Speed 802.11 standards are measured in Mbps and vary between network standards.
Media The 802.11 standards use radio frequency (RF) as a transmission media. Depending on the standard, radio frequencies include 2.4GHz and 5GHz.
Topology 802.11 wireless standards can be implemented in an ad-hoc or infrastructure topology.
Access method 802.11 uses Carrier Sense Multiple Access/Collision Avoidance (CSMA/CA). CSMA/CA is a variation on the CSMA/CD access method. CSMA/CA access method uses a "listen before talking" strategy. Any system wanting to transmit data must first verify that the channel is clear before transmitting, thereby avoiding potential collisions.
Spread Spectrum Spread spectrum refers to the manner in which data signals travel through a radio frequency. Spread spectrum requires that data signals either alternate between carrier frequencies or constantly change their data pattern. Spread spectrum is designed to trade off bandwidth efficiency for reliability, integrity, and security.
Range 802.11 wireless standards each specify a transmission range. The range is influenced by many factors such as obstacles or weather.
The following is a look at the various 802.11 standards and their characteristics.
IEEE 802.11 There were actually two variations on the initial 802.11 standard. Both offered 1 or 2Mbps transmission speeds and the same Radio Frequency (RF) of 2.4GHz. The difference between the two was in the way in which data traveled through the RF media. One used frequency hopping spread spectrum (FHSS), and the other, direct sequence spread spectrum (DSSS).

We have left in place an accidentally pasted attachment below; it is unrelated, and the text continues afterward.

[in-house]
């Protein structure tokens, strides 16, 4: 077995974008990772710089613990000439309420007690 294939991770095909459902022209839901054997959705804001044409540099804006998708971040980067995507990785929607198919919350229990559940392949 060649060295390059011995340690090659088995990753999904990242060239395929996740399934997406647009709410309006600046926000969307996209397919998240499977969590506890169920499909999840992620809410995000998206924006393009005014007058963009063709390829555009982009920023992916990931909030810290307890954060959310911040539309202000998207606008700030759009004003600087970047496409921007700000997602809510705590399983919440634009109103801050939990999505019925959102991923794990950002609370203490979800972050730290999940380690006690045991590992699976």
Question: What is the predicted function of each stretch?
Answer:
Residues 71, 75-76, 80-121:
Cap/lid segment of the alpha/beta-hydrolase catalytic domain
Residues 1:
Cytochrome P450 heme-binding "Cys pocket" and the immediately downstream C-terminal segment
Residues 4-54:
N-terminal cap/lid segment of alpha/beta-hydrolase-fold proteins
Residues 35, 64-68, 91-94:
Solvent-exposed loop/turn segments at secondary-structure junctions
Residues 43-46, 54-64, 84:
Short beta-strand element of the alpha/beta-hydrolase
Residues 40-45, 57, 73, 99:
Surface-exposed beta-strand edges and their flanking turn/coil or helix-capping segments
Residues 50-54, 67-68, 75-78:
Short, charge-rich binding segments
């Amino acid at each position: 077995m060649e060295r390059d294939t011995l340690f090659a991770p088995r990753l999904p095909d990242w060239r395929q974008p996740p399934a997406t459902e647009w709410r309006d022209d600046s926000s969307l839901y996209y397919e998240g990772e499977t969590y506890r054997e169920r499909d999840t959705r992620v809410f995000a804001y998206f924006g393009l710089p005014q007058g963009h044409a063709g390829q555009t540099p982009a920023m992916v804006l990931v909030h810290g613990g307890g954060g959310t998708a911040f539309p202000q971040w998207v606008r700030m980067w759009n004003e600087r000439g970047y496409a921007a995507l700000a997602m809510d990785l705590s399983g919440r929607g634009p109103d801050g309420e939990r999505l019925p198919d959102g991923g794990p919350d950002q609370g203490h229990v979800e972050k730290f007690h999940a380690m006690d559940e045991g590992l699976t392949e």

IEEE 802.11a In terms of speed, the 802.11a standard was far ahead of the original standards. 802.11a specified speeds of up to 54Mbps in the 5GHz band; but most commonly, communications takes place at 6Mbps, 12Mbps, or 24Mbps. 802.11a is not compatible with other wireless standards 802.11b and 802.11g. These standards are heavily favored to the 802.11a standard.
IEEE 802.11b The 802.11b standard provides for a maximum transmission speed of 11Mbps. However, devices are designed to be backward compatible with previous standards that provided for speeds of 1-, 2-, and 5.5Mbps. 802.11b uses a 2.4GHz RF range and is compatible with 802.11g.
IEEE 802.11g 802.11g is a popular wireless standard today. 802.11g offers wireless transmission over distances of 150 feet and speeds up to 54Mbps compared with the 11 megabits per second of the 802.11b standard. Like 802.11b, 802.11g operates in the 2.4GHz range, and is thus compatible with it.